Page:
There is a sense of unease beginning to emerge as livestock producers and processors begin to realise the potential damage which may be inflicted on the livestock industry as valuable sources of animal feedstuffs become diverted towards producing renewable energy from anaerobic digestion (AD) and biomass plants.
As most of us realise, climate change is a fact and government has to reduce emissions and encourage behaviour which will be less damaging to the planet. The promotion of renewables over the use of fossil fuels to generate our energy has been main stream government policy for some time now encouraged by varying financial incentives. However, it is becoming apparent that more thought should have gone into the unintended consequence of some of these policies.
Changes to financial incentive schemes have encouraged a headlong drive towards anaerobic digesters to produce energy, sometimes for home use to dispose of waste products such as slurry and to offset energy costs, but increasingly, as large-scale money making commercial ventures. The 27 AD plants in Scotland are soon expected to increase to 56 requiring 25,000 acres of our best arable land to feed than as well as hundreds of thousands of tonnes of draff.
Biomass systems have also seen a surge in popularity with many a drafty farmhouse and grain dryers fuelled by biomass wood chip or straw burning boilers as well as more commercial plants such as the recently opened Helius CoRDe plant in Rothes, Speyside, which has an annual fuel requirement of 115,000 tonnes of wet draff from local whisky distilleries and 60,000 tonnes of wood chips.
The explosion of AD and biomass plants will inevitably have an impact on food production. Not only will arable land which used to produce food now be devoted to producing energy, which doesn’t make sense in a country that imports 60% of its food, but land hungry digesters will price land out of the market for new entrants and other farmers, concentrating large areas of arable land in increasingly fewer hands as large well capitalised businesses swallow up any available land in the locality for lucrative energy production.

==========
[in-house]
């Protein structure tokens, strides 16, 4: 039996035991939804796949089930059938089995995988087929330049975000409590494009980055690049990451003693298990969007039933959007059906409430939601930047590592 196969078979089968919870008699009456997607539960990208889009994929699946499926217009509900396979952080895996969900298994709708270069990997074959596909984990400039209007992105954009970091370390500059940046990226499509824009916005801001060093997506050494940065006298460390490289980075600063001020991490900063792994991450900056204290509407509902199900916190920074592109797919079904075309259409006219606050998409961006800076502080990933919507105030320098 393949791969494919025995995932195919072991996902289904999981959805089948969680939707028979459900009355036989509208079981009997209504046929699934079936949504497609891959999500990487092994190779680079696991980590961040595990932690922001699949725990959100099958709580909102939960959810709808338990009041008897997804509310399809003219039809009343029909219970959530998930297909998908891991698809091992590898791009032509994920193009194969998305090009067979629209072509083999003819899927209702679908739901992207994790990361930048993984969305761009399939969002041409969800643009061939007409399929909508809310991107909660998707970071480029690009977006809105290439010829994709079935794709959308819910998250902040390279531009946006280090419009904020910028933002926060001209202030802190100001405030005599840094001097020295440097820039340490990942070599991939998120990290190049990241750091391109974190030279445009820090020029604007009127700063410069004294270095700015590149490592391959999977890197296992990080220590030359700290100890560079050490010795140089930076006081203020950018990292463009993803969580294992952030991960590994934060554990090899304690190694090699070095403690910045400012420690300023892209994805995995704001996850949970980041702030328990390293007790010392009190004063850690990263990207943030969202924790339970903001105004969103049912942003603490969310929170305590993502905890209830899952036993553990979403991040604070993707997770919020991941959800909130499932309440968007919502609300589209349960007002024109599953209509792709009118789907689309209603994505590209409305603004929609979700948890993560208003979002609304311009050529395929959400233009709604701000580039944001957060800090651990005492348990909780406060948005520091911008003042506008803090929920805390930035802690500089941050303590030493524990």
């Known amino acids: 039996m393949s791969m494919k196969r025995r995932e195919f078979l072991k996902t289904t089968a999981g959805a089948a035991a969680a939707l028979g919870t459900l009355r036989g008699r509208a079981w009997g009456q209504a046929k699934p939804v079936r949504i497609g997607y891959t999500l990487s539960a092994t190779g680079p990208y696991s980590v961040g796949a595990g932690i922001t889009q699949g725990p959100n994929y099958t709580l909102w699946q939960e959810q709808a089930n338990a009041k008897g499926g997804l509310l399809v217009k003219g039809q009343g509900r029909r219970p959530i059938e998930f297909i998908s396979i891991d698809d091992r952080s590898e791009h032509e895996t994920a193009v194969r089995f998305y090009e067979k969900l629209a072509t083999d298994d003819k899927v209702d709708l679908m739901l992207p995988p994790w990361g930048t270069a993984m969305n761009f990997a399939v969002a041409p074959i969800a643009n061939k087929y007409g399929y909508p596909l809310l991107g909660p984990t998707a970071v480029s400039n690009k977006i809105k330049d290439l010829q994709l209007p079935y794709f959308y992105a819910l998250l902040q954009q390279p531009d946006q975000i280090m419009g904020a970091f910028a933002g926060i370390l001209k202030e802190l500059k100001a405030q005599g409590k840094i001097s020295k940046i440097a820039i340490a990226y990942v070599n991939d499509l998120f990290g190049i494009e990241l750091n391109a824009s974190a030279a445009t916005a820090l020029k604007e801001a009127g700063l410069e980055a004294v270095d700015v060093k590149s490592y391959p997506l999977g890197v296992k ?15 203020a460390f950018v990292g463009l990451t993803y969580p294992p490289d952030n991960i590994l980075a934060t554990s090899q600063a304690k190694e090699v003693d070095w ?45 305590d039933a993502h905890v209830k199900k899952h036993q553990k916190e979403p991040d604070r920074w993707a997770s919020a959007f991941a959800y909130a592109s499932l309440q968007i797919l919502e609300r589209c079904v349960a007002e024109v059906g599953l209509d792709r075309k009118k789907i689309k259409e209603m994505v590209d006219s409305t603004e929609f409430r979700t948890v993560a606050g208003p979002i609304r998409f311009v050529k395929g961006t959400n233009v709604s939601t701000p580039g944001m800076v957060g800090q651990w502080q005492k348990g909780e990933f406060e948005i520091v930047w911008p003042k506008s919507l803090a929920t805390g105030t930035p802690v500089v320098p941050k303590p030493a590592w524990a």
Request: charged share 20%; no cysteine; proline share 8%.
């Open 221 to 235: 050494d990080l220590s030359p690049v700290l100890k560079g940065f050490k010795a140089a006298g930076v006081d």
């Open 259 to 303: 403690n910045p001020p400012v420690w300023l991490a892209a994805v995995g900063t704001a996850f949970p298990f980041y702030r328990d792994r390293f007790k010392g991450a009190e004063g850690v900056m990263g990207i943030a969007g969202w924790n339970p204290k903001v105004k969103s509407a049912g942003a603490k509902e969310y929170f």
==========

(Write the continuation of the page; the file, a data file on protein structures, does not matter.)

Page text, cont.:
Cattle producers in the fragile areas are already feeling the pinch with draff and dark grains in short supply amid doubts as to how long they will be available. We are faced with the ludicrous situation of dark grains being hauled to the north and east of Scotland from as far away as Humberside while draff is being hauled from Speyside to AD plants near Glasgow. The surge in the use of straw as a fuel for biomass boilers is already affecting the straw market. Straw is in short supply, currently trading for as much as £15 a bale and set to rise after next harvest. With energy producers tied into long-term contracts this will become a recurring problem and could eventually add to the exodus of cattle from the hills and glens.
The Scottish Government has committed to carry out an assessment of the impact of the rapid growth in the renewable sector on the agricultural production. If the beef sector is to survive in marginal areas there will have to be controls put in place through either the planning system or by regulating the financial incentives to strike a balance between the competing needs of food and energy production.
* Angus McCall farms at Culmaily Farm, near Golspie. He is an executive director at the Scottish Tenant Farmers’ Association.